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According to my "open source" theory of BJJ, my lineage would look something like this: Kano-->Maeda (and a bunch of other judoka and catch wrestlers influencing each other)--> Donato Pires/Carlos Gracie/Luis Franca/others? -->Helio Gracie/George Gracie/Oswaldo Fadda/a bunch of other catch wrestlers and judoka--> (arrows zig-zagging back and forth to a bunch of second-generation Gracies, including Carlson, various non-Gracie jiu-jiteiros, various lutre-livre fighters)-->(arrows going around in a complicated pattern between 2nd and 3rd generation jiu-jiteiros, judoka like George Mehdi, wrestlers like Bob Anderson, Luta Livre fighters like Marco Ruas) --> (arrows going all over the damn place between different generations of BJJ practitioners, judoka, wrestlers, samboists, MMA fighters, JKD practitioners and so on, to Me.) My rank may come through the Carlson Gracie lineage, but my knowledge, skill, and personal expression of the art owe easily as much to a variety of other lineages as it does to anything that was personally passed down from Carlson.

Most of the arts I train is much as Tony outlined here.
And I believe most true leaders of the martial arts continue to learn and advance through the training of others and testing. The base or fundamentals remain but the understanding and ways to apply continue to grow until all aspects are covered in some manner. Except for those who are closed minded and refuse to test and experiment and adapt.
Lineage is important for marketing.
How you train; how you practice is far more important than lineage.
 

tshadowchaser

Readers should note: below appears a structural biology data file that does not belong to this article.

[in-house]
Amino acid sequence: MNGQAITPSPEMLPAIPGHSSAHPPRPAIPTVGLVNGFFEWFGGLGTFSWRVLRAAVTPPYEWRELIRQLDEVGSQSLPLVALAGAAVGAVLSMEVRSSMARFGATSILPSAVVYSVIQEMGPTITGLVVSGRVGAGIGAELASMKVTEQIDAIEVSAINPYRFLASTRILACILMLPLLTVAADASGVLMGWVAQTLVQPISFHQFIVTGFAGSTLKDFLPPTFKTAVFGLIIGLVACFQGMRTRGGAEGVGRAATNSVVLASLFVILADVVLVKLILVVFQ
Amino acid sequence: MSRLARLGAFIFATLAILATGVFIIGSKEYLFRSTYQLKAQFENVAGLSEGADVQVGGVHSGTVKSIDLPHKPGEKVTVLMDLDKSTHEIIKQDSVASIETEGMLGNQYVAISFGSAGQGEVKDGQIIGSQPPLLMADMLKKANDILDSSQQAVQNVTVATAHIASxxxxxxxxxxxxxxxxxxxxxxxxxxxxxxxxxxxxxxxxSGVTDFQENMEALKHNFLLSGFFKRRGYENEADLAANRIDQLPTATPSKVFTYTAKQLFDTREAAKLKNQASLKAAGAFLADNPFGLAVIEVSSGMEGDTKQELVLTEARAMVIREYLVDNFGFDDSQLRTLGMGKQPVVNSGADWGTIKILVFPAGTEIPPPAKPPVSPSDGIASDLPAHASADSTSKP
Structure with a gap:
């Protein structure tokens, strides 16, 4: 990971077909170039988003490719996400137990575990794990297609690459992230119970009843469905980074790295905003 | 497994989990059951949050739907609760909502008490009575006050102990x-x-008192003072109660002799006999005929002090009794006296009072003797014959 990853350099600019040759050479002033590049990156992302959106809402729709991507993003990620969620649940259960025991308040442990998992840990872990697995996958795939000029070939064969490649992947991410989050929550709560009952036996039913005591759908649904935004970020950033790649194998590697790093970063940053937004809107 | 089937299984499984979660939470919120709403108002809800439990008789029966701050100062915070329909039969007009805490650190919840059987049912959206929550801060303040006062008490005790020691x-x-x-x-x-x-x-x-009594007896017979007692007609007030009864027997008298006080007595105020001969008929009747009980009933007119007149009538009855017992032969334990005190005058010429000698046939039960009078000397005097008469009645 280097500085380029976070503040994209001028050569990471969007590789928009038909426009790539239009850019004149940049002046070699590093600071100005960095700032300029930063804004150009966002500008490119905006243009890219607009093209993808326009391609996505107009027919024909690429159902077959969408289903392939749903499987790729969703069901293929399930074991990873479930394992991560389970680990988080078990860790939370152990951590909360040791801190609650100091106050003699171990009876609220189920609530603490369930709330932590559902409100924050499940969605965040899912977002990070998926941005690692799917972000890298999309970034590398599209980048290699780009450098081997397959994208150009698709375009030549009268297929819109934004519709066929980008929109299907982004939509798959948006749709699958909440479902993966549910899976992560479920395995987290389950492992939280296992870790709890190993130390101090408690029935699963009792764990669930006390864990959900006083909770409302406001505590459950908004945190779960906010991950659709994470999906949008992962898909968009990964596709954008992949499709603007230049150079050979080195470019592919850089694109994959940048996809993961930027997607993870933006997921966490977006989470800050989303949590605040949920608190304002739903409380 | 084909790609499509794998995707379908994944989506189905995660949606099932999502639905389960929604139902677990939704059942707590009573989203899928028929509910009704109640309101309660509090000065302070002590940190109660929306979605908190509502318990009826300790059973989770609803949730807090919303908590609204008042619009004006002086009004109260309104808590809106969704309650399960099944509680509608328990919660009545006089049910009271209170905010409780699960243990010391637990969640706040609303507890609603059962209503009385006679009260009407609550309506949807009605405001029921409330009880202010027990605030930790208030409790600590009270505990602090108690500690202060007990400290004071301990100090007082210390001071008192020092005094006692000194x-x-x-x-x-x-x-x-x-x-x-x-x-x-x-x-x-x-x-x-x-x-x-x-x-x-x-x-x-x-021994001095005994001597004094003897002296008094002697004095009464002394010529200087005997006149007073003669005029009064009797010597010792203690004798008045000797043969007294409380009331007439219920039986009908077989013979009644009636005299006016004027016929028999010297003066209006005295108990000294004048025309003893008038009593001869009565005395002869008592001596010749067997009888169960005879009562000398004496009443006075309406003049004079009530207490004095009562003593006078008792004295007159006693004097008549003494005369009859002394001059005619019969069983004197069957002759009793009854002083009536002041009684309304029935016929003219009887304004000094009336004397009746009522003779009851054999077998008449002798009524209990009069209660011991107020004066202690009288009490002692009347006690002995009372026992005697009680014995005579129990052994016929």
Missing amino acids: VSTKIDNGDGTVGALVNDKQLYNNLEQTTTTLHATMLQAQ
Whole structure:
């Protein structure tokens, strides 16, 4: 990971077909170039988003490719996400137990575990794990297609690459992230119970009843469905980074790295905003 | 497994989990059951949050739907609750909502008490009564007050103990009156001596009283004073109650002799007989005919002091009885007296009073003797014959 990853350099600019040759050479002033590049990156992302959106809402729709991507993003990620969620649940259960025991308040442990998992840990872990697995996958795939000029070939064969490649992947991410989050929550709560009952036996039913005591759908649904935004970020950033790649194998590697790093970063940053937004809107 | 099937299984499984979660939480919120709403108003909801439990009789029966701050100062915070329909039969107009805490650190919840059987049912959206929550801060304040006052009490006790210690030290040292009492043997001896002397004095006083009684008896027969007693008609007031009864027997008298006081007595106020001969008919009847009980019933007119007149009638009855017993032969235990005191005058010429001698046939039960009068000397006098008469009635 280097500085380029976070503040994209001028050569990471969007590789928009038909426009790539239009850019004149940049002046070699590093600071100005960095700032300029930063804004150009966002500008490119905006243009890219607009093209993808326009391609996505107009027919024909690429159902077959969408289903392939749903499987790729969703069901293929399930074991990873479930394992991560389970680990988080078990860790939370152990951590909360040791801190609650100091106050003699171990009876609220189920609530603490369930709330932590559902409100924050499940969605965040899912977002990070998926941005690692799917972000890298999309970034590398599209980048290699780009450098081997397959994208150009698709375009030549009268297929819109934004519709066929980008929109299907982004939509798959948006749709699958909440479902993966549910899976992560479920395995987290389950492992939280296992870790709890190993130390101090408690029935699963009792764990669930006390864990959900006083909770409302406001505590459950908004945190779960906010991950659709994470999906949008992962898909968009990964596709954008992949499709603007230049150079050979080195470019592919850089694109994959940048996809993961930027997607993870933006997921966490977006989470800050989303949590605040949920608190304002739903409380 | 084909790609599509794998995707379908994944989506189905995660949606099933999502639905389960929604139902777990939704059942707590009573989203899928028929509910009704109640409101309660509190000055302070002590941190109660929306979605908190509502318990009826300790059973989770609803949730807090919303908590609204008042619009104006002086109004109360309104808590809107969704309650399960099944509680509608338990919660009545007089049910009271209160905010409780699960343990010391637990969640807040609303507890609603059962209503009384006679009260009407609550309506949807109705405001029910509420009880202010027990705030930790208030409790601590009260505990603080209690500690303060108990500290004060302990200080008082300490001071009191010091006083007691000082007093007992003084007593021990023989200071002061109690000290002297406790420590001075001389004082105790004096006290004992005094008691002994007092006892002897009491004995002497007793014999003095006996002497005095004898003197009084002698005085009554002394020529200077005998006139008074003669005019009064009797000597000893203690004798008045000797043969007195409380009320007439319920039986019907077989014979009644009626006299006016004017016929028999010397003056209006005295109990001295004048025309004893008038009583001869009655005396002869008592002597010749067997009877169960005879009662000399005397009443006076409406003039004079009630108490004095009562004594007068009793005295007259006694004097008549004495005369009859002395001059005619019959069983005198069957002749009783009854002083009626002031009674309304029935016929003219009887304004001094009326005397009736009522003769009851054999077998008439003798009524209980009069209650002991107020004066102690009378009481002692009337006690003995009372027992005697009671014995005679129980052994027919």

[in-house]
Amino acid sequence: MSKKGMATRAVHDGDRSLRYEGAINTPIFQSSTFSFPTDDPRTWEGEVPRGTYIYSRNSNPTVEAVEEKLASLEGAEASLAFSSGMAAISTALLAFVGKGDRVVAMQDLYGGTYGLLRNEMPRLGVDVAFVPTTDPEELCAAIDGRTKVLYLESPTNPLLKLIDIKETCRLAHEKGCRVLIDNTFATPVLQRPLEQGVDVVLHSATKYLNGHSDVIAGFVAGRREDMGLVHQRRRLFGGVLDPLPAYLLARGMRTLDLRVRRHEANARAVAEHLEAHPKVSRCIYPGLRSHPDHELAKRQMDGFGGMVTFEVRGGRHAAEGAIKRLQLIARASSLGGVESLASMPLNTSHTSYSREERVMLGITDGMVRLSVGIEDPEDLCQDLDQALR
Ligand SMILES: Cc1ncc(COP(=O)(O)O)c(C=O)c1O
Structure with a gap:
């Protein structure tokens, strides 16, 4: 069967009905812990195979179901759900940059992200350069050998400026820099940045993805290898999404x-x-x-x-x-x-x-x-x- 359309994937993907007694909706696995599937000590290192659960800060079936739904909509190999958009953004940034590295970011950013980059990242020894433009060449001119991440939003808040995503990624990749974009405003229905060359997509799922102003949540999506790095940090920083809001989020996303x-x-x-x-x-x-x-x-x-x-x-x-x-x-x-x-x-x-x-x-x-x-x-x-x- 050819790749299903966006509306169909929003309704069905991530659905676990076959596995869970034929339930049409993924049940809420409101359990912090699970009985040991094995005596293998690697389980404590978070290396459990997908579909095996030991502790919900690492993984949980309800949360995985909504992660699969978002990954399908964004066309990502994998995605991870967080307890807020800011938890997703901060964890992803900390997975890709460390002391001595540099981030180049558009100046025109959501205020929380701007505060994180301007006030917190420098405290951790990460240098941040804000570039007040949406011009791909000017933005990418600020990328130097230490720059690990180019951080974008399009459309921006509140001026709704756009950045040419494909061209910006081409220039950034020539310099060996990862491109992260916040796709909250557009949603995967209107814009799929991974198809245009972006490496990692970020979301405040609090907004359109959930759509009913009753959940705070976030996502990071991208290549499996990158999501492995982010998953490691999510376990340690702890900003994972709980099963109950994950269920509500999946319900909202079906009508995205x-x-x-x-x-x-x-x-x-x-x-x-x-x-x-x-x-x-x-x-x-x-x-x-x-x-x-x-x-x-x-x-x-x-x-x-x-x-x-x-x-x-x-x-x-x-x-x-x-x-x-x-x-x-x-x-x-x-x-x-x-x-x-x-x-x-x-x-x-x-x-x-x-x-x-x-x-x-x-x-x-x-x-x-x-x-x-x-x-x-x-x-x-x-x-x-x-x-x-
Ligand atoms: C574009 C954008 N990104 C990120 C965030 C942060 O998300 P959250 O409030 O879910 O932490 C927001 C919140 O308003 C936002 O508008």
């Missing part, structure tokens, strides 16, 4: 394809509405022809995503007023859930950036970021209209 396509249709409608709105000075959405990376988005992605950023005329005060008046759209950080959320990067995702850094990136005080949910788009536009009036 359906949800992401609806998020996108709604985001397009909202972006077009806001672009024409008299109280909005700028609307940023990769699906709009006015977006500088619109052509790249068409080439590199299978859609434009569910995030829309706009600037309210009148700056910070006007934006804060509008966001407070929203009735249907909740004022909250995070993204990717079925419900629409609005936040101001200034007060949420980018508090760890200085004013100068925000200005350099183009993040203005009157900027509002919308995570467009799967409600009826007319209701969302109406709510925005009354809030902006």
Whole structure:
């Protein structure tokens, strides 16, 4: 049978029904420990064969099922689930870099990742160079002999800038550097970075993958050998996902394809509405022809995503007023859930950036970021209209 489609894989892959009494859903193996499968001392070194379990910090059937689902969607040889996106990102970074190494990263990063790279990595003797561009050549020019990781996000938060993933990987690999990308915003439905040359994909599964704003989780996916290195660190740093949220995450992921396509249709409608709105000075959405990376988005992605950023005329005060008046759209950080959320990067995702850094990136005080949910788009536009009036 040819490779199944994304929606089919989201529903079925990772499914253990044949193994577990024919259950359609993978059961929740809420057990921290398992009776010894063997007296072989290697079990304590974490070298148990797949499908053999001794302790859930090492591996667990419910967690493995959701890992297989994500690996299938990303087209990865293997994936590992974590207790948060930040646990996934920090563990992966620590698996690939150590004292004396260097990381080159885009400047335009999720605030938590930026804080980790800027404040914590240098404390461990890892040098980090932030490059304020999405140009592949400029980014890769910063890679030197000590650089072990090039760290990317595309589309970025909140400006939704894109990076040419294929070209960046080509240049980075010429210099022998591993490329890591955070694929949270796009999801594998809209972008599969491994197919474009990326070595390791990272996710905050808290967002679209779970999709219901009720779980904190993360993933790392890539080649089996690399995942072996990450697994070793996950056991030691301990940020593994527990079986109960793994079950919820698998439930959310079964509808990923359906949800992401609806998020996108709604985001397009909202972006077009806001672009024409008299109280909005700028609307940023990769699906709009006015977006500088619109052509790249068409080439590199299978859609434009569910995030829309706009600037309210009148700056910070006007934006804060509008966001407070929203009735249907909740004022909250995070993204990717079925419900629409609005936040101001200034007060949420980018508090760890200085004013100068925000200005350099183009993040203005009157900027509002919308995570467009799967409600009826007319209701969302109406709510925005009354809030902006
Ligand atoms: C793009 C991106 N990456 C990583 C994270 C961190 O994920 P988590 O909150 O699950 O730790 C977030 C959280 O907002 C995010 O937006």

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I know of a couple of styles that by the third generation of instructors many basic blocking movements, striking combinations, and forms no longer look like what the originator created. It only took fifty to seventy years for these changes aand all of those practicing the "new" way of doing things claim these are the way it was taught. Strange thing is thhese 3rd generation students never even knew the originator. To those old enough to have know or practiced under the originators mistakes or changes are obvious but new students coming into said organisations take what they are shown as being the way it has always been.

If the above instructor can prove his direct lineage he still has the right to say he is of X or Y,Z line and styyle. If there are big gaps from him to whom he claims to be decended from he should give his system a new name. Yes it is important to be able to verify whom you learned from if claiming to be of a certian system. Without that verifacation anyone can say they are teaching a system.

So if one can verify they are ligit students of "X" system and show their lineage when an "OLD" student sees changes he/she may know when or who changed things and add a little knowledge to new students.
 

Buka

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I think it depends on how you trace lineage. If you trace it back to the person who created the particular style you train in right now - you will arrive at X.

But if you trace back the Martial education and training of X.......then you guys and me are all cousins.

Because I've trained under several instructors, my lineage goes back to the following - Arakai Seisho on one side, Peichin Takahara on another, Choi Hong Hi on another, James Mitose (in a small part) on another side, the 5th Street Gym in Miami on another, and finally Tomita Tsunejiro on another.

I don't think too many on this forum could trace their system founders back to their instructors and not arrive at one of those I mentioned. So, like it or not, I may be that weird cousin that lives in your attic.

There has only been one constant in the history of Martial Arts - change. And thank the good lord for that.